“Wow! Two things stand out immediately — lots of additives and plenty of sugar. I will tell you the nacho cheese sauce has MSG, which is an excitotoxin and could trigger or worsen learning disabilities; partially hydrogenated oils which are trans-fats*that cause inflammation which can lead to heart disease; and yellow food dyes which may contribute to behavioral disturbances in children. Corn chips – fat and salt – end of story. Yogurt… here’s the deal on that 4 oz little guy, he boasts 1 tablespoon of sugar! The maximum daily limit of added sugar for children ages 4-8. And the strawberry milk is going to have about 22g of sugar. Some of those grams will be from lactose (milk sugar) while the rest will be from high fructose corn syrup (HFCS). So nearly 2 tablespoons of sugar in that 8oz carton, and one villainous artificial sweetener that has been linked to our obesity epidemic and implicated in the rise of childhood fatty liver disease. Moving to the pineapple… given the amount of added sugar and additives in the other items, the pineapple tidbits are probably the healthiest bits on this tray. This lunch offers roughly 510 calories, 12g fat, 3g sat. fat, 16g protein, 89g carbohydrates, 59g sugar, and 4g fiber. Unfortunately not a balanced meal at all.”
(*Note, as we were writing this article, the F.D.A. just took a stand on trans fats as no longer “generally being recognized as safe.” See the New York Times.)
After reading all of that, are you ready to check out 3 immediate ways to help make a change??
This is an obvious step but definitely not a particularly convenient one… pack lunch for your kids/teens!!! If it is too challenging to commit to everyday, how about once a week or even once per month. And, wink, Lunchables don’t count. Check out these good ideas.
Educate yourself or become friends with someone like me who can’t stop talking. As referenced above strawberry and chocolate milks have sugar content comparable to soda. Just knowing that fact is powerful. The day I took this picture 90-95% of kids who bought lunch were drinking flavored milks (the average says 70%).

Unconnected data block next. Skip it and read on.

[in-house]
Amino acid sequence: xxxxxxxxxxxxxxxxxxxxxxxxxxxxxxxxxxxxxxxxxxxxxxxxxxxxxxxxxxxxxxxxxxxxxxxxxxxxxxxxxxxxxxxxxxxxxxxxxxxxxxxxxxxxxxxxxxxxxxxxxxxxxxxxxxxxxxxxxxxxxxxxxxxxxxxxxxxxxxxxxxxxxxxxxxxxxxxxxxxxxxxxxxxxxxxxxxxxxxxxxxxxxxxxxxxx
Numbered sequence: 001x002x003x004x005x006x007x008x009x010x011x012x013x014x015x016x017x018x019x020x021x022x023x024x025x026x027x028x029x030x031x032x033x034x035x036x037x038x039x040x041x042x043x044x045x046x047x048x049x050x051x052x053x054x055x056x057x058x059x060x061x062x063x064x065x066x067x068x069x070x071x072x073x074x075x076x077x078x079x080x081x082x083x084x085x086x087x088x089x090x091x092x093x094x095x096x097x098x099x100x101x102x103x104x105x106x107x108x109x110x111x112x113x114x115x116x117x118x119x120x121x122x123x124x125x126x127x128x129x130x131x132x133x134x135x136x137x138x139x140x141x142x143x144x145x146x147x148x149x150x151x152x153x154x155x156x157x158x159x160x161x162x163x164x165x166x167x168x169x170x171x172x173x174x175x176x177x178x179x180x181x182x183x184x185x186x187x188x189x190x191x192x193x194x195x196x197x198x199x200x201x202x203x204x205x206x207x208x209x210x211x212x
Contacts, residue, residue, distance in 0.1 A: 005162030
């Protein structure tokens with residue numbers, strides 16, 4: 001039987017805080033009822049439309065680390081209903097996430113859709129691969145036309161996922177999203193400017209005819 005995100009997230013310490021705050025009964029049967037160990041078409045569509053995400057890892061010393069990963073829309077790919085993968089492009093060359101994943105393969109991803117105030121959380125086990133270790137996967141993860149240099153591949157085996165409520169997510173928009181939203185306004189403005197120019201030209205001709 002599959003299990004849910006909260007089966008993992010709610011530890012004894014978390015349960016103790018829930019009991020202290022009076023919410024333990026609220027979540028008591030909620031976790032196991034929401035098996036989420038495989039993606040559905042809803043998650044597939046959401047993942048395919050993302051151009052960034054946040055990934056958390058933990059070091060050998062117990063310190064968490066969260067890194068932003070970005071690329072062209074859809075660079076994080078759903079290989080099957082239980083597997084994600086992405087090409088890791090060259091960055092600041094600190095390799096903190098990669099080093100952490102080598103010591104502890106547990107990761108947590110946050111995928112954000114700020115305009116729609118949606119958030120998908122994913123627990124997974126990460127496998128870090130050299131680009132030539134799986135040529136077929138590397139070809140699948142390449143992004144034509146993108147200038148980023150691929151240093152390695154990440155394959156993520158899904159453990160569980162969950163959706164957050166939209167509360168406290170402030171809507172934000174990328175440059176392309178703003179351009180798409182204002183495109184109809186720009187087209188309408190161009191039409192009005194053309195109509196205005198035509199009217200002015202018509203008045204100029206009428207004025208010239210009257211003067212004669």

Watch documentaries like Weight of the Nationon HBO, and I still am a huge fan of Super Size Me from 2004. I’ve converted many to a more mindful eating philosophy just by having them watch that movie (it also discusses school lunch).
Can’t forget Jamie Oliver – my hero (who has taken some major heat). Check out the awesome, persevering work he has been doing now for many years and see his incredibly useful school food fact toolkit.
Begin reading labels on packaged foods at your own grocery store. The crazy, scientific sounding ingredients found there are also in your child’s school lunch (and possibly on your own dinner table). Blue #1, polysorbate 60, corn sweetner, aspartame… google them… the info is abundant and astounding.
Start talking to teachers, principals, neighbors and share facts. If you begin packing or already pack, tell others. I believe in a school lunch revolution but baby steps are sometimes the biggest steps. Start taking yours and together we will be a force for food change. For inspiration here are some schools stepping it up, right now!
Eden Kozlowski’s passion is to move people into the authenticness of their being and help them take full responsibility for their lives and health. She is founder/CEO of her dynamic meditation/mindfulness-based company out of Akron, Ohio USA – Just Be, LLC as well as Co-Editor on the meditation page at All Things Healing. Visit her website at justbemeditation.com, on Facebook at www.facebook.com/JustBeMeditation or on Twitter at twitter.com/JustBeMeditate.
Finally, visit her blog on The Huffington Post.